Tuesday, April 30, 2013
Better than: Dalis Car live.
It was nice seeing Peter Murphy channel some of the primal strangeness of Bauhaus, even though all his original cohorts were probably somewhere in England, sipping their tea and not giving a shit.
The music will exist, and it came quite alive on the Grand Central stage last night, thanks to a self-deprecating and enthusiastic performance by Murphy and his longtime backing trio.
My Jerusalem warmed up the air with a stalking sort of sound that pandered to the gothic atmosphere. Frontman and guitarist Jeff Klein sang in a growling baritone about "creatures of the night" and a "blood red moon," and it all felt a tad cliché. At least by its fourth track, the band from Austin came into its own with a driving sound that finally got the crowd moving and one guy started fist-pumping. Keyboardist Jon Merz would take extra guitar duties and horns. He even performed a trombone solo on the final number.
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After a pause for a change of equipment on stage, Murphy's backing band (guitarist Mark Thwaite, bassist Jeff Shartoff, and drummer Nick Troy Lucero) walked on and picked up their instruments to polite applause. The DJ faded out the Cure's "Just Like Heaven," which no one in the room seemed to care to dance to. And with that 1987 bastard goth hit single fading, here was some true gothic music: the reigning overlord, Peter Murphy. He walked out to a roar of applause in a blue leather jacket that looked like the top part of a stillsuit from David Lynch's Dune.
To the strum of an acoustic and the thud of the drum and tambourine, Murphy sang the entrancing chant of "King Volcano" backed by Thwaite and Shartoff: "Overshadowed by her sister/Pretty girl would scream/King volcano gave me numbers/King volcano is clean." The slow fade-in of the song on record was replaced by on/off vocals and a microphone lacking dynamic range. The song ended on a rougher note with a long screech of feedback that ruined what would have made for an interesting opening. The later-era, more melodious Bauhaus period song segued to a similar moment, another acoustic guitar-led piece, "Kingdom's Coming."
The second song reeked of desolation and ruin in its own somber way. Murphy's voice sounded well-preserved as he crooned, "Madness in the wind's got something to say/It ripped you apart/It will always be that way" before shifting to a chattering that ended with a creepy, brief a capella phrase, "Sky will open," delivered as a deadpan statement. Next, the rumble of one of the more aggressive Bauhaus songs shook the stage: "Double Dare." From crooner to throat-lacerating snarler, Murphy's voice was out to do justice to these sumptuous songs. His voice remained downright vicious for a rollicking "In the Flat Field" that followed.
He finally spoke to the crowd after this song, saying, "With these songs, it's difficult to say thank you very much because you have to be listening." Then it was on to another vicious, early Bauhaus number, "A God in an Alcove." Often, Murphy would press a small tubular LED light on his face and make faces. His goofy "Now I am silly" face had a sinister look as he bathed his face in light in shadow, like some Gremlin caught peeking up from the cracks of the floorboards in a decrepit mansion.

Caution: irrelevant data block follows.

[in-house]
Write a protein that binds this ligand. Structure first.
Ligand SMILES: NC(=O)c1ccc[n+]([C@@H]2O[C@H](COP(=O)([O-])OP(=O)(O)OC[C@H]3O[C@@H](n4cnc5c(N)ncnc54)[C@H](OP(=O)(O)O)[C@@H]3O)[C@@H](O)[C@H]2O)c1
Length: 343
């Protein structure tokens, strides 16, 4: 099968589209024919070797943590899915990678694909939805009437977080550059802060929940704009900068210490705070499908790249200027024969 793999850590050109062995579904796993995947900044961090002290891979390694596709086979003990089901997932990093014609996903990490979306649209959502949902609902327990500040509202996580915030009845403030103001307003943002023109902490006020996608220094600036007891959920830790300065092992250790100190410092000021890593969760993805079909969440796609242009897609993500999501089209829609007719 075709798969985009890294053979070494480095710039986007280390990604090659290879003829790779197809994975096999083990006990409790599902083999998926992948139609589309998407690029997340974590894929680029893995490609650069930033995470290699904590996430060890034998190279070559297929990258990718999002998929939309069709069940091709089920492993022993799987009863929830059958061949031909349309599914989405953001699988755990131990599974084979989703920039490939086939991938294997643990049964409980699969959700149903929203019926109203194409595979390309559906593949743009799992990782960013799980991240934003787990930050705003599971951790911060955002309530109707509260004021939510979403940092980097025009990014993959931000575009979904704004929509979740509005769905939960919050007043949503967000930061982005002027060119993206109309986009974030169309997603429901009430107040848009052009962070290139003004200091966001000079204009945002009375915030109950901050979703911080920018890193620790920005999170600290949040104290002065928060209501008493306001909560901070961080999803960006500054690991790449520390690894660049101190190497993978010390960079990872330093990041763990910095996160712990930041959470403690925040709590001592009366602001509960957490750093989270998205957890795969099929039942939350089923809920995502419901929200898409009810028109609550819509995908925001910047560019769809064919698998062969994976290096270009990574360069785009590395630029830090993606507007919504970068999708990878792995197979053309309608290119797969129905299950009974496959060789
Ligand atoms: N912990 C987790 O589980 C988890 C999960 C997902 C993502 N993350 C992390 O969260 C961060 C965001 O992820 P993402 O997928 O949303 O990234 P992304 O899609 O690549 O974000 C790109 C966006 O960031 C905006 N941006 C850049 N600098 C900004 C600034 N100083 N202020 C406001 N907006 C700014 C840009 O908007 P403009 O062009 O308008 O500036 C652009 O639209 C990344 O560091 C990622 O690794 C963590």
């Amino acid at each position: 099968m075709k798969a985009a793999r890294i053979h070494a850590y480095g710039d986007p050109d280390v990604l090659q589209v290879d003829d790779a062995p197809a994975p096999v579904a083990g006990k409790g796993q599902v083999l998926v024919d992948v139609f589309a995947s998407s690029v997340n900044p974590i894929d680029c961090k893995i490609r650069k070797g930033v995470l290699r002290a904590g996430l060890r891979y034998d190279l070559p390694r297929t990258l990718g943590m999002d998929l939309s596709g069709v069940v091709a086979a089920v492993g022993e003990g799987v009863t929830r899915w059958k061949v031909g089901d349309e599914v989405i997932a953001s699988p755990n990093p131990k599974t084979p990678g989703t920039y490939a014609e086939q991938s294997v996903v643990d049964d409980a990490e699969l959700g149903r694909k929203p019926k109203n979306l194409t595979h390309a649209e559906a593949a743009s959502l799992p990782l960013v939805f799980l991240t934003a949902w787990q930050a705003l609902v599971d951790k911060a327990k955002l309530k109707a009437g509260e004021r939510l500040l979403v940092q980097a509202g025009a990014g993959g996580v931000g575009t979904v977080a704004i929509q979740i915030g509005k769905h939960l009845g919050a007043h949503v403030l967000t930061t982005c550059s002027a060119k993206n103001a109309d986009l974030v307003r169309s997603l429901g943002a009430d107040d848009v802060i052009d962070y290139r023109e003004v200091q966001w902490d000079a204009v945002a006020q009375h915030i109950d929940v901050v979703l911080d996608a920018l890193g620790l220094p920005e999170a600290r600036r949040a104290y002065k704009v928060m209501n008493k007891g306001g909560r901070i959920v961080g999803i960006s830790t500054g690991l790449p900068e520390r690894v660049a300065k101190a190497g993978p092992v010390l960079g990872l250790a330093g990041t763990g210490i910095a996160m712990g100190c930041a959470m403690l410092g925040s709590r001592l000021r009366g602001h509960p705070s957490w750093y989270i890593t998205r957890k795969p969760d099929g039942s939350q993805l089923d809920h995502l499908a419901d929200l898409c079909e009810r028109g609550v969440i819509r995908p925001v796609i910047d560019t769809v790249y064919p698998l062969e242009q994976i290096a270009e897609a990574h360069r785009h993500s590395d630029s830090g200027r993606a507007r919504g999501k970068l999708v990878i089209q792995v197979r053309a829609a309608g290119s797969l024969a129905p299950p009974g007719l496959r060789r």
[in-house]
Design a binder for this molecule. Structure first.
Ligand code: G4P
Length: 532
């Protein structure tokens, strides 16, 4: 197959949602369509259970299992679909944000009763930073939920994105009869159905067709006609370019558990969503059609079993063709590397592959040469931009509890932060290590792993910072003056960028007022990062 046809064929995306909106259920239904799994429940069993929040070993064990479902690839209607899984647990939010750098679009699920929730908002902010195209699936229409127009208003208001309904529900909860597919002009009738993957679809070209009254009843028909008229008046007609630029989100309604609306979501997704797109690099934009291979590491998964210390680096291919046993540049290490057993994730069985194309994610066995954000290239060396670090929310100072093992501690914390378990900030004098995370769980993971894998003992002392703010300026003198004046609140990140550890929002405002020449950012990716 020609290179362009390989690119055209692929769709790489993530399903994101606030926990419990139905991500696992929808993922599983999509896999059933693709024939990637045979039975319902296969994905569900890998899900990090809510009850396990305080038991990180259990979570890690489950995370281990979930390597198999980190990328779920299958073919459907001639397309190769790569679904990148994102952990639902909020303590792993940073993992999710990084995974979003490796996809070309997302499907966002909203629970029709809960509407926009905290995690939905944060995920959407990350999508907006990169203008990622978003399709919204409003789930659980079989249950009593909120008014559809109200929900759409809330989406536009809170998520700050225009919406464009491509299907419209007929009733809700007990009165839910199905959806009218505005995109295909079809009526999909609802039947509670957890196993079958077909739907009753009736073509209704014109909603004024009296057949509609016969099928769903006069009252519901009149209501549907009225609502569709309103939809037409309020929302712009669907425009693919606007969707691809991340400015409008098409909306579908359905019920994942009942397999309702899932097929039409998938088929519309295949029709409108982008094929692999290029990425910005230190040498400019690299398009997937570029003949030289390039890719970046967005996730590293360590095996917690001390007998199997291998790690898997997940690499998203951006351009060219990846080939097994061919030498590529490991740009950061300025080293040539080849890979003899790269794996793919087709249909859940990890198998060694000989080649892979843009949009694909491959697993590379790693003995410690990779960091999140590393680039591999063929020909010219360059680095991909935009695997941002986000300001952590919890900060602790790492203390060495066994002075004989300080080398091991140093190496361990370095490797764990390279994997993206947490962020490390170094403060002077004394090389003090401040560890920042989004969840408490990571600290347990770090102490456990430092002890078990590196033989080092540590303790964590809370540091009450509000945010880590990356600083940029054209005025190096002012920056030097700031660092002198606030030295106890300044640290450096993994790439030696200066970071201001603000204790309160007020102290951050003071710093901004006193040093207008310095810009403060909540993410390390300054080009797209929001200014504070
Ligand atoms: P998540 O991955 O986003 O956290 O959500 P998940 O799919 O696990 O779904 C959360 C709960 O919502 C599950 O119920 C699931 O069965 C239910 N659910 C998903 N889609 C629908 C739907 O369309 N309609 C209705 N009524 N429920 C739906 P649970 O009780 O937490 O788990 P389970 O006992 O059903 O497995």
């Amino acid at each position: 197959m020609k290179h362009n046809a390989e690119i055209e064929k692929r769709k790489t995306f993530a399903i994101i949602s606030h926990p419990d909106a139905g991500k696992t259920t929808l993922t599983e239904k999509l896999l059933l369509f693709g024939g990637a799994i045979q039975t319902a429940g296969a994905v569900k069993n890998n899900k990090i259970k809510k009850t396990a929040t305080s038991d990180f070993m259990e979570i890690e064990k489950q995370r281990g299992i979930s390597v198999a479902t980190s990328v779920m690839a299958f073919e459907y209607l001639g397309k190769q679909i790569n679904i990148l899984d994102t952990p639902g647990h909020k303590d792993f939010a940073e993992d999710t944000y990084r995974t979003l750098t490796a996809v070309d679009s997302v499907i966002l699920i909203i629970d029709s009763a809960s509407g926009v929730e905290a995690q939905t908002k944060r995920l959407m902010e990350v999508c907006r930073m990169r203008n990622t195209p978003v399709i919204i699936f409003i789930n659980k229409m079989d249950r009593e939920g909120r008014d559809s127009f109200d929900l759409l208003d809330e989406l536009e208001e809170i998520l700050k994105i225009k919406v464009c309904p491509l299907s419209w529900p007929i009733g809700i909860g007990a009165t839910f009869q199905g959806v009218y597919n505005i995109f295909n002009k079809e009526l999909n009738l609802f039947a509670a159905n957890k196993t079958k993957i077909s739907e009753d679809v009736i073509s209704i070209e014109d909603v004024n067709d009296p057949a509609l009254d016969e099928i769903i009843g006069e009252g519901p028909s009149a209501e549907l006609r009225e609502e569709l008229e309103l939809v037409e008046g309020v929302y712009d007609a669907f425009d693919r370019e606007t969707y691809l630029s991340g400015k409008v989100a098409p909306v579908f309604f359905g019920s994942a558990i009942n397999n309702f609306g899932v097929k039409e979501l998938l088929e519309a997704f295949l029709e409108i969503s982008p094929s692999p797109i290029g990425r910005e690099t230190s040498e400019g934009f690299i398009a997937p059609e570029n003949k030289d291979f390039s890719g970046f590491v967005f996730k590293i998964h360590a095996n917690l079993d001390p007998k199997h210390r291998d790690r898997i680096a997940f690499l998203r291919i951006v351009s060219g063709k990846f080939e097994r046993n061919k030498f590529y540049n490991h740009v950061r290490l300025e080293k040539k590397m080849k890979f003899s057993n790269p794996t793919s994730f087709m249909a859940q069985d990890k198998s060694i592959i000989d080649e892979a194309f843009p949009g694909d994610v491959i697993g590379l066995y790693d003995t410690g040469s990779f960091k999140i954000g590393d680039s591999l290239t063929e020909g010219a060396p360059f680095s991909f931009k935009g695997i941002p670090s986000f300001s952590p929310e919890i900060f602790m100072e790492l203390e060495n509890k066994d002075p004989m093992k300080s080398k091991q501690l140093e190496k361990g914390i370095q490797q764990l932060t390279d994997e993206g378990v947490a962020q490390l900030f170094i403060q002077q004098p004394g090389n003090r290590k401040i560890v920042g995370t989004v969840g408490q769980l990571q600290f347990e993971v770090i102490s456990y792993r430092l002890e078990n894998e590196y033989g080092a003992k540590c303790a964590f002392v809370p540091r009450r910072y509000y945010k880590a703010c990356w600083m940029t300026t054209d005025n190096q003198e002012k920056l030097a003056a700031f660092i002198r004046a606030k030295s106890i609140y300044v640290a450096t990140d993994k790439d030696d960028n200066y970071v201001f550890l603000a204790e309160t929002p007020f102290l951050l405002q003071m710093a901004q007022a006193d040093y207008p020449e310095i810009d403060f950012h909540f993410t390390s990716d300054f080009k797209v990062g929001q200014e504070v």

The crowd ate it up, pawing at his outstretched hand; one guy even took the mic from Murphy during the closing "Going to hell again" chorus of "Silent Hedges" to yell some garbled statement as the song came to a pathetic end. Murphy yanked the mic back from this sacrilege and chastised him for ruining a song he had introduced as "This a very beautiful song." "That's some bad singing," Murphy said, giving the fellow the stink eye.
After a morose and dreamy "All We Ever Wanted" arrived "Bela Lugosi's Dead," and the iPhones went up (look to YouTube for at least six shitty versions of this song with other iPhones in front of them). Murphy donned glasses to noodle with some knobs on a small keyboard for the extended instrumental intro. As the song meandered to its climax, Murphy turned his back to the crowd and hunched over to flap his arms in slow, undulating motions and then sang the big closing chorus "Oh, Bela/Bela's undead!" to the back corner of the stage.
It was strange to watch Murphy perform these songs as a solo artist, and many members of the crowd I spoke to after the show agreed something was amiss. The convulsive guitar of original Bauhaus ax man Daniel Ash was hard to substitute. His playing was downright restless and spastic, similar to the shifting tones Murphy delves into with his voice: a sometimes zombie-entranced monotone to screaming hellfire demonic. Murphy's voice sounded unchanged by age. But not too many in the crowd, which packed in at about 600, seemed moved.
After an unrelenting encore of one song melting into the next, the band walked off with hardly a bow. A few in the crowd chanted for Murphy's solo hit "Cuts You Up," but they were soon drowned out by the fade-up of "Just Like Heaven." A moment had occurred. It was like a taste of the Bauhaus catalog had been placed on display in an aural museum. Quick, look. Strange, isn't it? Now it's gone. Carry on.
Personal bias: In the 20 or so years since I began listening to Bauhaus, the band's back catalog still has a charm worth revisiting.
The crowd: Goths of all shapes, sizes, and ages in their dandiest best to old, ratty Bauhaus T-shirts.
Peter Murphy's Setlist:
-"In the Flat Field"
-"A God in an Alcove"
-"All We Ever Wanted"
-"Bela Lugosi's Dead"
-"Too Much 21st Century"
-"Adrenalin/Be My Wife"
-"Passion of Lovers"
-"She's in Parties"
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Follow Hans Morgenstern on Twitter @indieethos.